6) The Jeopardy Room – Season 5 Episode 29 Written by Rod Serling & Directed by Richard Donner 

       

      Maybe this episode is the secret origin of Rollin Hand as it stars a pre-Mission: Impossible Martin Landau as a man trying to defect. He is trapped in a room rigged with a bomb while a hitman and his assistant are watching him from across the street. As one of only 2 episodes that have no supernatural or science fiction elements, The Jeopardy Room is a really taut episode with a bit of tension as it is a nice peak into the Cold War era that was going on at the time.

      5) Third from the Sun Season 1 Episode 14Teleplay by Rod Serling. Based on a short story by Richard Matheson 

       

      Fritz Weaver’s first appearance on the show is a standout for me as he plays a man who attempts to steal an experimental spacecraft to get his family off the planet before it goes into a nuclear war. This is made difficult by his boss who is suspicious of his actions and follows him. The stakes are really personal in this story and that’s what breaks it into my top 5.

      4) The Masks Season 5 Episode 25 – Written by Rod Serling and Directed by Ida Lupino 

       

      Ida Lupino is the only actor and only woman to have starred in a TZ episode and direct one also. And for me she did not disappoint in this story of a dying millionaire and his family on Mardi Gras. He challenges his family to wear masks for the entire night in order to reciever their inheritance. Again you can sense a theme with my favorites in that I like the episodes that get into the premise early and then have you sweat it out. This is another fine example of feeling suffocated like the family with the masks on.

       3) The Howling Man – Season 2 Episode 5 Written by Charles Beaumont Directed by Douglas Heyes 

       
      One of the series best installments is the story of a man seeking refuge in a hermitage during a storm. While there he meets the Brotherhood of Truth and he mysterious guest locked up at the hermitage. A really haunting episode that Beaumont pens to near perfection.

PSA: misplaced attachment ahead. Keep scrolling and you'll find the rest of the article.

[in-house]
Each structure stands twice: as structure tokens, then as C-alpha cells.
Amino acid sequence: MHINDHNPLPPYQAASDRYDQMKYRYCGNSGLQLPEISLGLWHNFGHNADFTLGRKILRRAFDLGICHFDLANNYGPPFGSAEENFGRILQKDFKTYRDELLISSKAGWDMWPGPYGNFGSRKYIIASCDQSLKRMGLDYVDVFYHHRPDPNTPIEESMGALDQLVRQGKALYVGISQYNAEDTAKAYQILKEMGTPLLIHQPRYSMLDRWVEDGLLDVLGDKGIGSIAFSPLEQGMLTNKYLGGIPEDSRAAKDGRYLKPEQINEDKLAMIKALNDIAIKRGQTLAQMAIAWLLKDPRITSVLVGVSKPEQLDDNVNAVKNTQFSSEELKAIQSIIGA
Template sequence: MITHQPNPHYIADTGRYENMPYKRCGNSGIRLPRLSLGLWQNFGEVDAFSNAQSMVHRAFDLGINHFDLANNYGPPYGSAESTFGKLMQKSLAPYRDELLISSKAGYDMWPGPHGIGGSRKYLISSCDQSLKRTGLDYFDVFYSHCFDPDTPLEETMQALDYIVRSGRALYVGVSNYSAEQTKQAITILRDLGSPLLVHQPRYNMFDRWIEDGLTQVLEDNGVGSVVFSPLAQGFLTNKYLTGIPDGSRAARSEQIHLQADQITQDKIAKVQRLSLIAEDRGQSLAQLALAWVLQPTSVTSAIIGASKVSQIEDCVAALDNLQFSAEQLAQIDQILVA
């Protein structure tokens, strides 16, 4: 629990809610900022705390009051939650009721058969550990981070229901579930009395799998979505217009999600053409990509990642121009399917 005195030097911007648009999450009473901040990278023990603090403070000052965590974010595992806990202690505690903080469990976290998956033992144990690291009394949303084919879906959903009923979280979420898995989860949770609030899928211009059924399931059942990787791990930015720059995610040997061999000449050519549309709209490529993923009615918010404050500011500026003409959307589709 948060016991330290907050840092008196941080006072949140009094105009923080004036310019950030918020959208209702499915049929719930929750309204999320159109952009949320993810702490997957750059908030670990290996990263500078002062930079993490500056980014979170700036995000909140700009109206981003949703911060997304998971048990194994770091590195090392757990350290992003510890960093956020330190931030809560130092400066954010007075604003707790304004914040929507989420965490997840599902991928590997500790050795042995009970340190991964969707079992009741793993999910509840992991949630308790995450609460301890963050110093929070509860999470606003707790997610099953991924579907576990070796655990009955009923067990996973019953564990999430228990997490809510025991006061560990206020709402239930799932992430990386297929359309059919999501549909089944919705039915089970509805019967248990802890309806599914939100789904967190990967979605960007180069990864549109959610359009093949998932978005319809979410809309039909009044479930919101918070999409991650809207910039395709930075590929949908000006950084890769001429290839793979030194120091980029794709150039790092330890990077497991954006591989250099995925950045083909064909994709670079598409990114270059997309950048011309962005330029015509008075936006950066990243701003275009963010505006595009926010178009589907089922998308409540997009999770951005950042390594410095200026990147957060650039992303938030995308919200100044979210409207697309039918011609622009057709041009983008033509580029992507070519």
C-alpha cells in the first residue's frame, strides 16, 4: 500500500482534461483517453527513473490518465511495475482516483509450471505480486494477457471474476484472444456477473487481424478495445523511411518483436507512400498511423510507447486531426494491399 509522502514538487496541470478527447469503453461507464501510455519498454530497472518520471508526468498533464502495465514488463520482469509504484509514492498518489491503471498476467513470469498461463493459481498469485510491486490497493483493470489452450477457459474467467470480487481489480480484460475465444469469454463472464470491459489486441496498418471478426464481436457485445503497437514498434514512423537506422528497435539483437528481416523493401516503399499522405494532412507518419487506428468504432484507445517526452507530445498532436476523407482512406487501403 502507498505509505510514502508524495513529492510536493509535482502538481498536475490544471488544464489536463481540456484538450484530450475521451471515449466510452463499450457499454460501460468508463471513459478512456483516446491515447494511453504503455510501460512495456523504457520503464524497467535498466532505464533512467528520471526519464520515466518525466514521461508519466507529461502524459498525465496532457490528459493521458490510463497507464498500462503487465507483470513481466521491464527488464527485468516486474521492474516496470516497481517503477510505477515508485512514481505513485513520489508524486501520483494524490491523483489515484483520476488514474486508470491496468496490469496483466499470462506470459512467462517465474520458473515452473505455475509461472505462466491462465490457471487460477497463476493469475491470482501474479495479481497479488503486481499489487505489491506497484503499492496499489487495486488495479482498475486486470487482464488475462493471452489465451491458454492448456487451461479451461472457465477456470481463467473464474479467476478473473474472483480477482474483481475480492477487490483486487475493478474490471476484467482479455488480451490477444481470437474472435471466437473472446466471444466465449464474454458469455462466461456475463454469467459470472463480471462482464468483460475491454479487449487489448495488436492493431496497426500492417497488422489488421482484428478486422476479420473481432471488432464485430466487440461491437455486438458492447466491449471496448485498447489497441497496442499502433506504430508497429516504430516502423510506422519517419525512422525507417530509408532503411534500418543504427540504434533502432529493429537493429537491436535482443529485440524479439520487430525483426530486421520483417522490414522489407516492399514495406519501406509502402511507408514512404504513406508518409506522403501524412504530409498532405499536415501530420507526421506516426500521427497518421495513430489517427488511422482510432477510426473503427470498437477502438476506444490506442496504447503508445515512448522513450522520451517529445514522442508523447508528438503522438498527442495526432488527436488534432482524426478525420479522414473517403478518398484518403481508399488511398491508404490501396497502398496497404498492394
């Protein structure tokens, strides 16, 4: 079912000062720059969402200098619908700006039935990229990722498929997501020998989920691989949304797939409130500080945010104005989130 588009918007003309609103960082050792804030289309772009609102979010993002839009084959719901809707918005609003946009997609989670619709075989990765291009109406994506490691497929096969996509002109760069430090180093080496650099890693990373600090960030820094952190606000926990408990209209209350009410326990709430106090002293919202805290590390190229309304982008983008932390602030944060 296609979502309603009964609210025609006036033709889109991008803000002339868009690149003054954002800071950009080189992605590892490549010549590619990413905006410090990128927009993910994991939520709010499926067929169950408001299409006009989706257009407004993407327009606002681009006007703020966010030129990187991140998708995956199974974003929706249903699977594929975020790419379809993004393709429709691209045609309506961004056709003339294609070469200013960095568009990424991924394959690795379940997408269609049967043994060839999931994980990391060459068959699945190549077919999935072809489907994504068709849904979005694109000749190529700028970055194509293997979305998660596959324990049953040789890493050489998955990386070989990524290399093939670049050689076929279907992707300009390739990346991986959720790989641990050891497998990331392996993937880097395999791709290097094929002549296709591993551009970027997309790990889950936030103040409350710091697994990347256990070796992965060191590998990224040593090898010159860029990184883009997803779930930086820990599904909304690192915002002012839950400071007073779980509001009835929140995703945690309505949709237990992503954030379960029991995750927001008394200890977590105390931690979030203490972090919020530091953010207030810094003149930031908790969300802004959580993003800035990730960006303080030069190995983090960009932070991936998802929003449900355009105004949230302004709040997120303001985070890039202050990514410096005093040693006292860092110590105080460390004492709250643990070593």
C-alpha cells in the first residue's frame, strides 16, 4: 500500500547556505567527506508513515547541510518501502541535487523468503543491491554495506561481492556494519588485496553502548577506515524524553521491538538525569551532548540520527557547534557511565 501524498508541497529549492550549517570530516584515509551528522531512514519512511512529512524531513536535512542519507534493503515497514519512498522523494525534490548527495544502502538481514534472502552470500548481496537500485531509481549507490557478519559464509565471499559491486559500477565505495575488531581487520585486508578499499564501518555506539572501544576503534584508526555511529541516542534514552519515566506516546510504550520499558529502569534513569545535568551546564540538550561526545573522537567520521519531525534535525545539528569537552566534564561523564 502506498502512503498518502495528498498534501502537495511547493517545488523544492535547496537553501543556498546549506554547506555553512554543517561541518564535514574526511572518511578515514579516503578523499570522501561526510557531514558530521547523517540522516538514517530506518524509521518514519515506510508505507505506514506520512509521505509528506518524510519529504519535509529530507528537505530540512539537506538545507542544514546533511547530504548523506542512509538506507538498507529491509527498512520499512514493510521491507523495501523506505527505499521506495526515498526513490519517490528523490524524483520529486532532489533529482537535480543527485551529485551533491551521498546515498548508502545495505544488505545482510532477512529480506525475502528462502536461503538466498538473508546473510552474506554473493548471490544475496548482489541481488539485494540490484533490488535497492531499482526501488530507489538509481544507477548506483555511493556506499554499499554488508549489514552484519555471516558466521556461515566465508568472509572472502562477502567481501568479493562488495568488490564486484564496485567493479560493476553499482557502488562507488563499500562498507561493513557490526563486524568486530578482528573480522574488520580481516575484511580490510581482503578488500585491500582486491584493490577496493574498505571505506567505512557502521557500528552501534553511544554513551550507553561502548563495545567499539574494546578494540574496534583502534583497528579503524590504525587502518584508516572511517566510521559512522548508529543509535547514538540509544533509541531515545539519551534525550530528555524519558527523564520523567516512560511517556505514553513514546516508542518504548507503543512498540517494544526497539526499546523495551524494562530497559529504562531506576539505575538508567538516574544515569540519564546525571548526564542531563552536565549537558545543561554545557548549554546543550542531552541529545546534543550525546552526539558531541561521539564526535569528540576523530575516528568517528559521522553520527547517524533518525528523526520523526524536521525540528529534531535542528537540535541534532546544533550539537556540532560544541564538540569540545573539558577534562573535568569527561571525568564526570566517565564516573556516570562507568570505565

2) Eye of the Beholder – Season 2 Episode 6 Written by Rod Serling 

       
      It’s fitting that number 2 is literally the next episode after The Howling Man. In this a woman is attempting to have surgery to fix her face so that she can look like everyone else in the world. An excellent episode, particularly in the use of shadows that I didn’t even realize at the time what the story was trying to accomplish. Once I did see the end result, it solidified this as one the best and my second favorite episode ever.

      Before I reveal my favorite Twilight Zone episode, I wanted to provide a few honorable mentions that I do like but didn’t make the top 10:

      I Am the Night-Color Me Black

      The Silence

      On Thursday We Leave for Home

      The Invaders

      An Occurance at Owl Creek Bridge

      And now for the big moment. The DeaconsDen favorite episode of The Twilight Zone is….

      1) And When the Sky was Opened – Season 1 Episode 11 Written By Rod Serling based on a short story by Richard Matheson 

       
      Three astronauts return from a flight only to find out that they may not belong here. Sounds like an odd and confusing premise? It certainly was to me the first time I saw this episode. As the three men question what is happening to them you see the terror in them. By episode’s end, I had no idea what to think of this episode or to make sense of it. All I knew was that it really unnerved me and sticks with me to this day. A real fear of the unknown.